We’ve adopted a shared Google calendar instead of individual planners or scraps of paper to record appointments. It’s free, a tremendous help in reducing scheduling conflicts.
I am available for tech support whenever she has a need. She is available to be a sounding board for ideas as I need. We have given each other the right of interrupt.
I entered the WFH life intending to help with the household chores. My co-worker encouraged this practice when I mentioned my office was dusty and needed attention. She handed me a can of Pledge and a cloth, then returned to her tea. I did so well she promoted me to Floor Manager and gave me exclusive use of the vacuum. It is manly indeed to pull a massive dresser from the wall with one hand while running the vacuum nozzle with the other. Who needs a gym?
And then there’s laundry. How hard can that be? I timed the wash and dry cycles and worked out the math. Laundry should not require more than ½ day. Both machines are kind enough to ding when a cycle completes thereby allowing the user to multitask during runtime.
I had no idea someone could view laundry as an event to stretch and savor. How can making dirty clothes clean become an art form with unalterable rules of engagement? Why not get it done and move to something else? The friction increased when I dried certain items in the dryer that were supposed to be draped across the chairs and left to air dry. Who knew? I like her in the tighter fit with the good parts popping out.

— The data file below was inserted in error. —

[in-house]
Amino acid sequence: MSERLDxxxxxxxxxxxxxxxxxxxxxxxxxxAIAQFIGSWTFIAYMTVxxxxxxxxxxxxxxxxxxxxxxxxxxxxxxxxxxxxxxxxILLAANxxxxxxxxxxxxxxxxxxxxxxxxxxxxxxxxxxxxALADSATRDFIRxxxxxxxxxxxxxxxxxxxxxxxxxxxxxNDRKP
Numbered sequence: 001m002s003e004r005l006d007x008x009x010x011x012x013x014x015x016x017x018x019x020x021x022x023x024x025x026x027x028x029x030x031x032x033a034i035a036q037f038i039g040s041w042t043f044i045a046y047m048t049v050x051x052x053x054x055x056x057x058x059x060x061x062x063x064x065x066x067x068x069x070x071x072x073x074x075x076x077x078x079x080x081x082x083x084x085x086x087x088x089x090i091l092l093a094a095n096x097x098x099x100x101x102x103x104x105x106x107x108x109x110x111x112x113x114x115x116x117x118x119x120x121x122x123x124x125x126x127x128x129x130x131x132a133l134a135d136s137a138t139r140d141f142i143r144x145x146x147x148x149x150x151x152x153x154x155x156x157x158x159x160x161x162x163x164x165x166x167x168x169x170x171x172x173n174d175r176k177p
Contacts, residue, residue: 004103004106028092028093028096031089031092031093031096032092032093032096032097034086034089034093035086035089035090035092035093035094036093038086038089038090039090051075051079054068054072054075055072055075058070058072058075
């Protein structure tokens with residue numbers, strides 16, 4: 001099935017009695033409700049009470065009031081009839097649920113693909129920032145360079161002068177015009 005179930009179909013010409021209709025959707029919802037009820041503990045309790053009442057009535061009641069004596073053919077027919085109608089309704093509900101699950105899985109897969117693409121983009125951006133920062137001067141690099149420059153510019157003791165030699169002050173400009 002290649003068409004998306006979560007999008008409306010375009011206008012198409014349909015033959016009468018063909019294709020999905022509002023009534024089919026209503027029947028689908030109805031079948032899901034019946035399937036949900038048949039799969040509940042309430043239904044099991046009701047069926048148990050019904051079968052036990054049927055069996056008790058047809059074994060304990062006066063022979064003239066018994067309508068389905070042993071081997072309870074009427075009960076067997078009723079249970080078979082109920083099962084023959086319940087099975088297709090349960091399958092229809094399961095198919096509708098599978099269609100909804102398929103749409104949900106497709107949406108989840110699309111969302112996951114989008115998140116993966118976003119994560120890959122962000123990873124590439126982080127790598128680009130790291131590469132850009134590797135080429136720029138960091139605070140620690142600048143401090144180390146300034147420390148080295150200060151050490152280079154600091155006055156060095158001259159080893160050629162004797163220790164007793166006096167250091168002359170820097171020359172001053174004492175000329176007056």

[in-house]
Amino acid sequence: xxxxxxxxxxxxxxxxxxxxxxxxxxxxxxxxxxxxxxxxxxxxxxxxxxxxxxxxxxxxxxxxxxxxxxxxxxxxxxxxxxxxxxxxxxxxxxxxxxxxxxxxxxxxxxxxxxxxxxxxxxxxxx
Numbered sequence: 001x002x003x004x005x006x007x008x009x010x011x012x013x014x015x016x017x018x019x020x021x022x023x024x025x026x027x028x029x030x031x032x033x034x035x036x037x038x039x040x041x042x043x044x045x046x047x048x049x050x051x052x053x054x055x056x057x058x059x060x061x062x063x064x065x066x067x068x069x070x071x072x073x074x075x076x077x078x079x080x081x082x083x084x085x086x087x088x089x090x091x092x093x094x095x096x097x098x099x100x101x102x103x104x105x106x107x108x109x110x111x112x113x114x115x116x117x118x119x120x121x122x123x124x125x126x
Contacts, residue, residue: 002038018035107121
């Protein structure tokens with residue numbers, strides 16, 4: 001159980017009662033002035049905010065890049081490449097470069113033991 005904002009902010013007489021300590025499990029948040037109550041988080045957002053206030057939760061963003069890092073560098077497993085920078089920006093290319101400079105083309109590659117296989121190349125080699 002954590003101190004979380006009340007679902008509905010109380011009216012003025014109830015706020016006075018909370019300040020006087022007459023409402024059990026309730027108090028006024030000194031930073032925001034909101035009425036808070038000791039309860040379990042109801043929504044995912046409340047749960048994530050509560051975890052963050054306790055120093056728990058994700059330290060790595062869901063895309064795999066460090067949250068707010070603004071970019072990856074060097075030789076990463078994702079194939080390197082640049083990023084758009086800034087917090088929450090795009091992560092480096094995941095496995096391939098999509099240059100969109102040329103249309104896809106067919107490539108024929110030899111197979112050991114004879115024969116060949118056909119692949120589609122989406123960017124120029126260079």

Two worlds collided.
We’ve reduced laundry to ½ day. My co-worker performs the mechanics of sorting. I help with folding, listening for the machine dings, and keeping us focused to reduce downtime between cycles. My co-worker commented to someone how much she is getting done since I changed to WFH.
Getting along requires flexibility. Sometimes I am the helper and sometimes she is. The work has to be done. Discussing the how and the why can lead to workable solutions, if both of us are willing to yield right-of-way.
Our working spaces share a common wall. Writing requires solitude and blocks of thinking time. Silence. My co-worker’s creativity is enhanced by music/singing, social interaction, and sharing. Noise. Silence and noise. Opposites.
Two worlds collided.
The doors to my office and her studio remain open. We are learning to respect each other’s creativity time, only interrupting for emergency issues (such as, “Are we having supper soon?”).
A Bluetooth headset resolved the music issue. I employ a headset during online classes. Personal fans offer white noise. Should one of us have an extended phone call we take the handset or cell phone to another part of the house.
It’s all about respecting the other person’s value and considering her needs.
Building the Team
Lunchtime is mandatory downtime. No eating at my desk anymore. We leave our posts. We sit together. We eat. We rest. We talk. We nap. Why does corporate America not provide little mats and time for naps? I awaken recharged and ready to lunge into the afternoon. It’s as though I have two mornings every day.
We hold team meetings as required, and some have been productive resulting in outside-the-box solutions.
We’re getting better at isolating trouble and addressing friction.
We’re working through the conflicts.
We’re determined this intra-office romance will survive and thrive.